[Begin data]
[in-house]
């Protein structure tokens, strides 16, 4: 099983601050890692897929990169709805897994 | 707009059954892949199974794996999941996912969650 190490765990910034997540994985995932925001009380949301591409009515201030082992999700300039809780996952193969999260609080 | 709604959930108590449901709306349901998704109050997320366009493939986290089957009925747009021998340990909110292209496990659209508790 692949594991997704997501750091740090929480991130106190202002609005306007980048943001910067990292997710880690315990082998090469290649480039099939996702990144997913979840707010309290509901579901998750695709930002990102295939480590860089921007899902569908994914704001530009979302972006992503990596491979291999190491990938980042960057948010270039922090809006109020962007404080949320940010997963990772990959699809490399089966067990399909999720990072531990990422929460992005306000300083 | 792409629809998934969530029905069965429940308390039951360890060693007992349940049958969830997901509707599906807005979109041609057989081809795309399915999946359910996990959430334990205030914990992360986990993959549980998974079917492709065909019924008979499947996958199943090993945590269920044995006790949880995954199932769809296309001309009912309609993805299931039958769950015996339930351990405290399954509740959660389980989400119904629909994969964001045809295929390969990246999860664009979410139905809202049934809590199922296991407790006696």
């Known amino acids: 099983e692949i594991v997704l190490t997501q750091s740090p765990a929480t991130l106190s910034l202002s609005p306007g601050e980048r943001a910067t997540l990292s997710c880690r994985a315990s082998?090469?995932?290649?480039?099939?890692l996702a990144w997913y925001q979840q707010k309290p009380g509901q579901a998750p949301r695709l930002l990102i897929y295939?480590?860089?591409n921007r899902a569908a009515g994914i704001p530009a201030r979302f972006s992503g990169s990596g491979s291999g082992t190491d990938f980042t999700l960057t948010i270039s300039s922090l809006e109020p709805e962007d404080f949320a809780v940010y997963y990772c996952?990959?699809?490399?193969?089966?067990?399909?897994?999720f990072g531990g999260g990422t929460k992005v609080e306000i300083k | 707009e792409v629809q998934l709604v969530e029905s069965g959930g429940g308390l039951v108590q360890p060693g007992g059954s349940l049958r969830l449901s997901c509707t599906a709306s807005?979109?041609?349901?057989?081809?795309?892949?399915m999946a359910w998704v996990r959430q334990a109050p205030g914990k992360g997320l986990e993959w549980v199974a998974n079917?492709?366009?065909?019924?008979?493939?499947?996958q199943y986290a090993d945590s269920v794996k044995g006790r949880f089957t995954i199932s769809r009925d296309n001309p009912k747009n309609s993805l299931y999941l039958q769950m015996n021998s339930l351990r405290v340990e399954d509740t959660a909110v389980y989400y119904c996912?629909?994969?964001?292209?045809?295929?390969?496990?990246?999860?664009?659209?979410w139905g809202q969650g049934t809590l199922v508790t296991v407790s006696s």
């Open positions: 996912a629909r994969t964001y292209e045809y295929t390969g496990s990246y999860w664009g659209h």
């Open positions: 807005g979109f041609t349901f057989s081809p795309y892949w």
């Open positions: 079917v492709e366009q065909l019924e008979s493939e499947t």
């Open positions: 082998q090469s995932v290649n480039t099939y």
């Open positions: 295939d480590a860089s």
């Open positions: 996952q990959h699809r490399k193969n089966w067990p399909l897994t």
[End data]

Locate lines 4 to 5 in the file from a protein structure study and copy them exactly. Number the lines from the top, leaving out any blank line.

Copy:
């Open positions: 996912a629909r994969t964001y292209e045809y295929t390969g496990s990246y999860w664009g659209h």
């Open positions: 807005g979109f041609t349901f057989s081809p795309y892949w």